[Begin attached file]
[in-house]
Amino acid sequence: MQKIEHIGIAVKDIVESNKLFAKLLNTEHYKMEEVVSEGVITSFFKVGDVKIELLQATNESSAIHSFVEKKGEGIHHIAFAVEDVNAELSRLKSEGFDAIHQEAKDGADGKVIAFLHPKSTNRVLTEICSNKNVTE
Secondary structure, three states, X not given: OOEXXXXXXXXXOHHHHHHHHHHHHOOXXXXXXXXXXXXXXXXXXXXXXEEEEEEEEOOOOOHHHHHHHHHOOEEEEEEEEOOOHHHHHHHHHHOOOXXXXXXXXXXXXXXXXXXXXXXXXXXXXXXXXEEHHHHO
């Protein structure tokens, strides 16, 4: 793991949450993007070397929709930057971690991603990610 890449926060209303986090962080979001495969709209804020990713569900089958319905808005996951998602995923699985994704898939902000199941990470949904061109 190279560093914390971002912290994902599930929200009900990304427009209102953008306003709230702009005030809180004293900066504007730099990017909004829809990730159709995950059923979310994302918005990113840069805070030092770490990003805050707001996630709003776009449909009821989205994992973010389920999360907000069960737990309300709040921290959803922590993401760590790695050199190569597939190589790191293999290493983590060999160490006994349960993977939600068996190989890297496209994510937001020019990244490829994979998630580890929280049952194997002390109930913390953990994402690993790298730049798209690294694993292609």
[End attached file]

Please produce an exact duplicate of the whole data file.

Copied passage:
[in-house]
Amino acid sequence: MQKIEHIGIAVKDIVESNKLFAKLLNTEHYKMEEVVSEGVITSFFKVGDVKIELLQATNESSAIHSFVEKKGEGIHHIAFAVEDVNAELSRLKSEGFDAIHQEAKDGADGKVIAFLHPKSTNRVLTEICSNKNVTE
Secondary structure, three states, X not given: OOEXXXXXXXXXOHHHHHHHHHHHHOOXXXXXXXXXXXXXXXXXXXXXXEEEEEEEEOOOOOHHHHHHHHHOOEEEEEEEEOOOHHHHHHHHHHOOOXXXXXXXXXXXXXXXXXXXXXXXXXXXXXXXXEEHHHHO
């Protein structure tokens, strides 16, 4: 793991949450993007070397929709930057971690991603990610 890449926060209303986090962080979001495969709209804020990713569900089958319905808005996951998602995923699985994704898939902000199941990470949904061109 190279560093914390971002912290994902599930929200009900990304427009209102953008306003709230702009005030809180004293900066504007730099990017909004829809990730159709995950059923979310994302918005990113840069805070030092770490990003805050707001996630709003776009449909009821989205994992973010389920999360907000069960737990309300709040921290959803922590993401760590790695050199190569597939190589790191293999290493983590060999160490006994349960993977939600068996190989890297496209994510937001020019990244490829994979998630580890929280049952194997002390109930913390953990994402690993790298730049798209690294694993292609």